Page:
Directly Deposited Silicon/Graphene Hybrid Anodes for Li-ion Batteries
Lithium-ion batteries (LIB) are considered as the most essential energy storage systems due to high energy density. However, current graphite anodes severely hinder LIB from further supporting fast-growing electric vehicles markets for low theoretical capacity. Silicon attracts attentions as one of the most promising candidates for next-generation LIB anode materials because of its much higher theoretical capacity. Silicon anodes have not been commercialized because of the challenges caused by extreme volume expansions and following passive problems, including continuous solid electrolyte interface formation, contact loss between active materials and finally, cycle retention decays. In this thesis, we discuss how to overcome these technical issues by engineering Si/graphene hybrid anodes through aircontrolled electrospray, which include three parts: silicon/graphene hybrid additive to LIB anode with Modifications; directly deposited silicon/graphene oxide LIB anode and further study on their size ratio effect and finally Interconductivity from graphene nanoribbon (GNR) in directly deposited silicon/graphene LIB anode.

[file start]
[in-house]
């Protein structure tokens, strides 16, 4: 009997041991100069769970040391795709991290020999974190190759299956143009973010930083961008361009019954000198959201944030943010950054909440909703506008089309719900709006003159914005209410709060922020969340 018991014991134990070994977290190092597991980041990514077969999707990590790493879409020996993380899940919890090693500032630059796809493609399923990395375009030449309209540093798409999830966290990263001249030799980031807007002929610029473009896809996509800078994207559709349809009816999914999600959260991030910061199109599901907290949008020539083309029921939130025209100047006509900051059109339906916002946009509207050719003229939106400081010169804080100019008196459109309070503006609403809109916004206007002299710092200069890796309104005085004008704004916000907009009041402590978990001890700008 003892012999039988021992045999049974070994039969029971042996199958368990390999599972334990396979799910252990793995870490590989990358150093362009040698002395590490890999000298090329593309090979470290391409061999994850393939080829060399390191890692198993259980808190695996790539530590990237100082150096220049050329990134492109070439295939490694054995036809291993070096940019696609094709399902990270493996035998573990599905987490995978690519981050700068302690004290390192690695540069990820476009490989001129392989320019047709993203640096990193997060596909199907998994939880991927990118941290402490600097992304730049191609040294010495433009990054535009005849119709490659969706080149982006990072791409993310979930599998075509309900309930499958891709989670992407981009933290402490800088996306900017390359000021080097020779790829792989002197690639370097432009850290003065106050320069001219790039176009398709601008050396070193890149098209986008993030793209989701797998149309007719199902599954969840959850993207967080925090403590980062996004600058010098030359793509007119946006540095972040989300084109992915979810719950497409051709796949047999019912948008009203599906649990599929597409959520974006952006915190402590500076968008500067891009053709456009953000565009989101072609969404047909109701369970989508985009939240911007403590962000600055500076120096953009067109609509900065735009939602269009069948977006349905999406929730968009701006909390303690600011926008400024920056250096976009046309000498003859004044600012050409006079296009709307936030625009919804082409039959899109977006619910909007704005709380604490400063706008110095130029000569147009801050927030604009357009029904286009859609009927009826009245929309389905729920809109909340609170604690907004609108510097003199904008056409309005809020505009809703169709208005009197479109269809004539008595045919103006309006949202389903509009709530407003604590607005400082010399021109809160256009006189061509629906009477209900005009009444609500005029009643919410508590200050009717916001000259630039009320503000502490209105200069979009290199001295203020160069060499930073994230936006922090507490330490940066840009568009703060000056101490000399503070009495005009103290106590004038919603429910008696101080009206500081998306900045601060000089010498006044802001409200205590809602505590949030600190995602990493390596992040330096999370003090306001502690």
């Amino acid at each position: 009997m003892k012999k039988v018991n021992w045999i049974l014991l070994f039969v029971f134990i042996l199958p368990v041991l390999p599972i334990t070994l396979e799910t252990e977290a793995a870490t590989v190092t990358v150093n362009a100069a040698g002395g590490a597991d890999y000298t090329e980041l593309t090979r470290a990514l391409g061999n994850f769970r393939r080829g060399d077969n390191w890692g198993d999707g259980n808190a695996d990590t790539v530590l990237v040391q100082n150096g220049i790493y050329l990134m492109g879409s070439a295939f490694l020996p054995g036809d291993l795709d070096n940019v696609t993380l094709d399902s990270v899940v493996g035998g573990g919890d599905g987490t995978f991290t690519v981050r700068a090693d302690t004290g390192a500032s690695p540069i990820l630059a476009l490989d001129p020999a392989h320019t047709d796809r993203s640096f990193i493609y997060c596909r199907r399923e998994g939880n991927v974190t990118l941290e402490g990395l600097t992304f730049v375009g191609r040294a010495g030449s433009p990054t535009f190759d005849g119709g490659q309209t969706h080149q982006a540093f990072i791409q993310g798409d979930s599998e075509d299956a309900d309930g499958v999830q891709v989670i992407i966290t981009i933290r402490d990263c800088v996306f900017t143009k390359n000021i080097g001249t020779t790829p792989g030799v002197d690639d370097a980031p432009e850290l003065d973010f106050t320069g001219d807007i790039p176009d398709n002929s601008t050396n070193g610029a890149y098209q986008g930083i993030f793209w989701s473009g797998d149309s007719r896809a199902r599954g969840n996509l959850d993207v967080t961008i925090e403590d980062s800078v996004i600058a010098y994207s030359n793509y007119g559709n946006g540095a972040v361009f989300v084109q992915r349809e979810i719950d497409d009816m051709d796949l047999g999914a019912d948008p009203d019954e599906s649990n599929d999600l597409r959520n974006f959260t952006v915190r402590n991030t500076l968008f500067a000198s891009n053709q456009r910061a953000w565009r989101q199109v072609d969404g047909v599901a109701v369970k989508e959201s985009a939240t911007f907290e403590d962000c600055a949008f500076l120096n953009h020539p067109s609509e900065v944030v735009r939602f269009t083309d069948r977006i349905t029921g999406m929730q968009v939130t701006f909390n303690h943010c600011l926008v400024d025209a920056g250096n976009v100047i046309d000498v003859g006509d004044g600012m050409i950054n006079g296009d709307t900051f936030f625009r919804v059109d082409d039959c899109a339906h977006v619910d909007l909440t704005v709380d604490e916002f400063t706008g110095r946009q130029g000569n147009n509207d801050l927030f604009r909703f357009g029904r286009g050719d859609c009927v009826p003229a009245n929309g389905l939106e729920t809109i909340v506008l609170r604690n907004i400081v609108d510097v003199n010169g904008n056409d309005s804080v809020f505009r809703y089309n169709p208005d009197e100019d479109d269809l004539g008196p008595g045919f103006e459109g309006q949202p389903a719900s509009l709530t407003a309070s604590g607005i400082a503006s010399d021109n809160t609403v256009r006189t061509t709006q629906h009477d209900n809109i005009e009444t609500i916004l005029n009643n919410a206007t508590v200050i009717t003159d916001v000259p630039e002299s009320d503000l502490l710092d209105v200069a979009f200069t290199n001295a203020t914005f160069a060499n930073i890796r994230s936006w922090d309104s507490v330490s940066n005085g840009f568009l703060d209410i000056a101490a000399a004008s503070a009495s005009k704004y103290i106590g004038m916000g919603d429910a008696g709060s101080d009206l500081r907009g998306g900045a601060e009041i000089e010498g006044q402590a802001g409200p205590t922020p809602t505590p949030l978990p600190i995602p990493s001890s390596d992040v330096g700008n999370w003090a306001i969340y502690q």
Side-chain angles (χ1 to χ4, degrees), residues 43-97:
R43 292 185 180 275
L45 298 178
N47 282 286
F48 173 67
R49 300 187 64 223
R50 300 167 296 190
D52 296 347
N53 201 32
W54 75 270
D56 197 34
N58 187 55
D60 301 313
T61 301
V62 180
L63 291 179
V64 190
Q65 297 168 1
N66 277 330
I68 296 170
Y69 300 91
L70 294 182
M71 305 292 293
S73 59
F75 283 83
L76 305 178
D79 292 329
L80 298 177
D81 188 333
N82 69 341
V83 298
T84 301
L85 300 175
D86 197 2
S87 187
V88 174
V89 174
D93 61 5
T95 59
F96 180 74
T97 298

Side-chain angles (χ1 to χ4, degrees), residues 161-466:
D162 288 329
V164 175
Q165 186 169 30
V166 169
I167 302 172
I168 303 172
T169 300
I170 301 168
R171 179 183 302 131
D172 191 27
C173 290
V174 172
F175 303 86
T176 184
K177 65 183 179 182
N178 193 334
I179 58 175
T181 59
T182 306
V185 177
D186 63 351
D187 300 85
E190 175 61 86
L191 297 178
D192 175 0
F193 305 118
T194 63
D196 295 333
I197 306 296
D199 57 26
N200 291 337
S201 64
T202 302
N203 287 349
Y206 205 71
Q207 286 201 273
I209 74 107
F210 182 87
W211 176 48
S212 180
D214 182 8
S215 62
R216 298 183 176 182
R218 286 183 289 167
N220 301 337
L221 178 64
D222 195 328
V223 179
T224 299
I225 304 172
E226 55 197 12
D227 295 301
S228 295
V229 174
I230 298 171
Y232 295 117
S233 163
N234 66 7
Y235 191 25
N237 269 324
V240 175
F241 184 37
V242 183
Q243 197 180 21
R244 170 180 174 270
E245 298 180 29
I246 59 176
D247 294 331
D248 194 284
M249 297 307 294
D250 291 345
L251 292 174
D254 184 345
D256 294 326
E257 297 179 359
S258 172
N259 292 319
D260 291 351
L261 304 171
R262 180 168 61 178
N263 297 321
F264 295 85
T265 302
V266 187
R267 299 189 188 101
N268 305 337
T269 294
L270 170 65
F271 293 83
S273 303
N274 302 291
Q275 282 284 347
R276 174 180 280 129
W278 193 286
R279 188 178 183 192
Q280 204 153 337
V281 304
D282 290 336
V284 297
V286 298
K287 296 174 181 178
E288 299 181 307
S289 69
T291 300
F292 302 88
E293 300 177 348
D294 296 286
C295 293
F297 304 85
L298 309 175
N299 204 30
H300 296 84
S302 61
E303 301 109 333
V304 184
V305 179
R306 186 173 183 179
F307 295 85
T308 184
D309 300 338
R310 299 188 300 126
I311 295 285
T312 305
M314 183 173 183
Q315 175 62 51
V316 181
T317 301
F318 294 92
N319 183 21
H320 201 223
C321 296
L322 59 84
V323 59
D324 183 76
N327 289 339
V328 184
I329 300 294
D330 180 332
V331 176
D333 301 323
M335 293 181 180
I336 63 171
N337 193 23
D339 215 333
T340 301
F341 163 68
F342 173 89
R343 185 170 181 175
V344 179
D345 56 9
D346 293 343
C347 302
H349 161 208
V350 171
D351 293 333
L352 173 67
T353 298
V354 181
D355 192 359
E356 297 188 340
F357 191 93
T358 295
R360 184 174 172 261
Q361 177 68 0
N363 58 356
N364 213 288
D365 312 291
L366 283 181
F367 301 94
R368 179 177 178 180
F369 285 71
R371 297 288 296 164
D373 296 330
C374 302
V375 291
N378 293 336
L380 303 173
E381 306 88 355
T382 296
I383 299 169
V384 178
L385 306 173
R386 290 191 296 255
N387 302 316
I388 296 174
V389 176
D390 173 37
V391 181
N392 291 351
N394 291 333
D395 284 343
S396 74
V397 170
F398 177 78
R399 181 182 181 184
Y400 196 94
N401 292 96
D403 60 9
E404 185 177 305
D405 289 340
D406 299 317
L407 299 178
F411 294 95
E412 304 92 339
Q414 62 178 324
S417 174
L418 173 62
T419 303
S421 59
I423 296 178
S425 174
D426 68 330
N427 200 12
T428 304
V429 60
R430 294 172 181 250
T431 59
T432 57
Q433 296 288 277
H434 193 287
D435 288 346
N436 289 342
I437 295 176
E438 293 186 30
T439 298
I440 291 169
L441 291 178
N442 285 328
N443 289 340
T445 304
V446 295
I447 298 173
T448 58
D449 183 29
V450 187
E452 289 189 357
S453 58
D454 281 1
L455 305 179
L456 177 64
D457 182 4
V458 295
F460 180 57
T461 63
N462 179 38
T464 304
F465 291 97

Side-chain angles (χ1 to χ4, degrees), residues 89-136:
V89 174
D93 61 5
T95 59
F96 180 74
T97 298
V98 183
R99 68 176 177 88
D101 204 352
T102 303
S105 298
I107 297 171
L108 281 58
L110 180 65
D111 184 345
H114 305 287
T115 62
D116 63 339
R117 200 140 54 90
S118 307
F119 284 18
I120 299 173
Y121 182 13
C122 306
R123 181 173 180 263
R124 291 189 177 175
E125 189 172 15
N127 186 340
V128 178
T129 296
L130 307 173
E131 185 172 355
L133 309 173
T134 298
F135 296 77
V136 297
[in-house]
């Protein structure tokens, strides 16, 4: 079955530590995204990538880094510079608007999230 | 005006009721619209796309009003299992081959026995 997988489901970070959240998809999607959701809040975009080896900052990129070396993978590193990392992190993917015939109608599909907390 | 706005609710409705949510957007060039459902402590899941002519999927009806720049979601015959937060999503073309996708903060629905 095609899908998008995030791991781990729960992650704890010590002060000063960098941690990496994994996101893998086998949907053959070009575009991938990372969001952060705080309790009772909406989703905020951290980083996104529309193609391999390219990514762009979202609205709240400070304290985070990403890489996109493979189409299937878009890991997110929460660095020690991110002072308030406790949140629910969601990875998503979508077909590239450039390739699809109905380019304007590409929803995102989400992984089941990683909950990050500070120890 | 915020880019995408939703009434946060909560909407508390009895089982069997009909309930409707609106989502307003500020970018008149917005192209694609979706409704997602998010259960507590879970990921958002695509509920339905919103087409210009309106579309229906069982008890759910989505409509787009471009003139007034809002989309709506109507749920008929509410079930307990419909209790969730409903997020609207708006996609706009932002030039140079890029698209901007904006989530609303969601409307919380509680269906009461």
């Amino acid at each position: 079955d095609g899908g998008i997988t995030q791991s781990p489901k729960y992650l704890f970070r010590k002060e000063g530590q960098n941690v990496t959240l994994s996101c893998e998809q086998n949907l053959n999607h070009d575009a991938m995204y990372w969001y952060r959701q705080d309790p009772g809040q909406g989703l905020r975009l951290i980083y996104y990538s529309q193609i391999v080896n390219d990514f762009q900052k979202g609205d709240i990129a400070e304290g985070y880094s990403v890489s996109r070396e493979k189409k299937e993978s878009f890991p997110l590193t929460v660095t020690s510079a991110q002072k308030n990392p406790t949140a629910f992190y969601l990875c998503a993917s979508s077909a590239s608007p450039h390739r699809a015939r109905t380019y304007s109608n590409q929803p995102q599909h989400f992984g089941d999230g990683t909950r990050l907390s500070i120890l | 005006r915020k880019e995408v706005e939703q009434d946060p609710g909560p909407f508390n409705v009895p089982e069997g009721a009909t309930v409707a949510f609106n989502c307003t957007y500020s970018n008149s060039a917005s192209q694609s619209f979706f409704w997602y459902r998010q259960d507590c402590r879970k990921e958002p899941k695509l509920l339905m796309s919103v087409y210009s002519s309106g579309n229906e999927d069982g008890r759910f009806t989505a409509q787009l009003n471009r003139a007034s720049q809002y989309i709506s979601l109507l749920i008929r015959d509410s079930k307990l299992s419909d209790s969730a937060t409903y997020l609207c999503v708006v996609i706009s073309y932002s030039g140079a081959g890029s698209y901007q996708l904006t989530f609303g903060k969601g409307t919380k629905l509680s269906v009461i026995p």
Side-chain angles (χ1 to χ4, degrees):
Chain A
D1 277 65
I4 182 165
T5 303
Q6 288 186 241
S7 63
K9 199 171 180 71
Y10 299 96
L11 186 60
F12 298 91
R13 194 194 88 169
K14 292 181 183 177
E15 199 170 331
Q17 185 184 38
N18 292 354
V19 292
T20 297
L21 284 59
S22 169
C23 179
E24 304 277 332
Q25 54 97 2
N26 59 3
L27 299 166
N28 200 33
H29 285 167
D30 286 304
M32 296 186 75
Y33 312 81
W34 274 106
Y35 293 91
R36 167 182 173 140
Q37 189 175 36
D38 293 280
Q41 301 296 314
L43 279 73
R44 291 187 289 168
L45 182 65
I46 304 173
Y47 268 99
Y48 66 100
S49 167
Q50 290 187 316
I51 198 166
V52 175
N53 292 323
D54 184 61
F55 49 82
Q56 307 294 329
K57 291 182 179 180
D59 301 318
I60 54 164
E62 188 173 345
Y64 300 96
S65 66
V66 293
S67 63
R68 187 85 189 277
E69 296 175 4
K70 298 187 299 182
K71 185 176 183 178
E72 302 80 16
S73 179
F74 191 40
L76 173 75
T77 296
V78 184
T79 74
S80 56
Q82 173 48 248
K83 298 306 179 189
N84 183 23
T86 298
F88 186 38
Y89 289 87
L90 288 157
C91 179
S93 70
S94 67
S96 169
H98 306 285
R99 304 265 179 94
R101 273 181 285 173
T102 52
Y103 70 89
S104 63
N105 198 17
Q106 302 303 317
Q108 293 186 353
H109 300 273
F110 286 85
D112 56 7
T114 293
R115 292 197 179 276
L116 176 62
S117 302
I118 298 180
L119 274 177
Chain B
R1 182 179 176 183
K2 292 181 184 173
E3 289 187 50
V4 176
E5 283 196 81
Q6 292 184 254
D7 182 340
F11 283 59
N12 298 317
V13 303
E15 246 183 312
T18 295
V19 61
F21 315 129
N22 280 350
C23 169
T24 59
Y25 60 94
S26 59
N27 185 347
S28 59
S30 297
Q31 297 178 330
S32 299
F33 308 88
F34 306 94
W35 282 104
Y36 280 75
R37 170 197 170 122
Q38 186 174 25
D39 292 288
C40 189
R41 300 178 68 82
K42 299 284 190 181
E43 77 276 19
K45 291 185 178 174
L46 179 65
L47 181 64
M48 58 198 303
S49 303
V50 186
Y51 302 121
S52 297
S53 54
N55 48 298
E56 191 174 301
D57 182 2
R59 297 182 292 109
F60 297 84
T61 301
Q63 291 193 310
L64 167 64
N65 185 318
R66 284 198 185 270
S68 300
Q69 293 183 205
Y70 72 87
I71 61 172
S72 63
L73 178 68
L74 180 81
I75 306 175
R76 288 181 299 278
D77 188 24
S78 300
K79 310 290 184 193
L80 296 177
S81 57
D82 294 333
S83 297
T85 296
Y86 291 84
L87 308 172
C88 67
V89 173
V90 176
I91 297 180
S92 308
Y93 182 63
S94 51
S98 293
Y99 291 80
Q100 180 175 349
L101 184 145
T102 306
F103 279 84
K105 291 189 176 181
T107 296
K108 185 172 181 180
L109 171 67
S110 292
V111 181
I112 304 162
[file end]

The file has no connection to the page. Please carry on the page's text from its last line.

Joo, Yong L.
M.S., Chemical Engineering
Master of Science
dissertation or thesis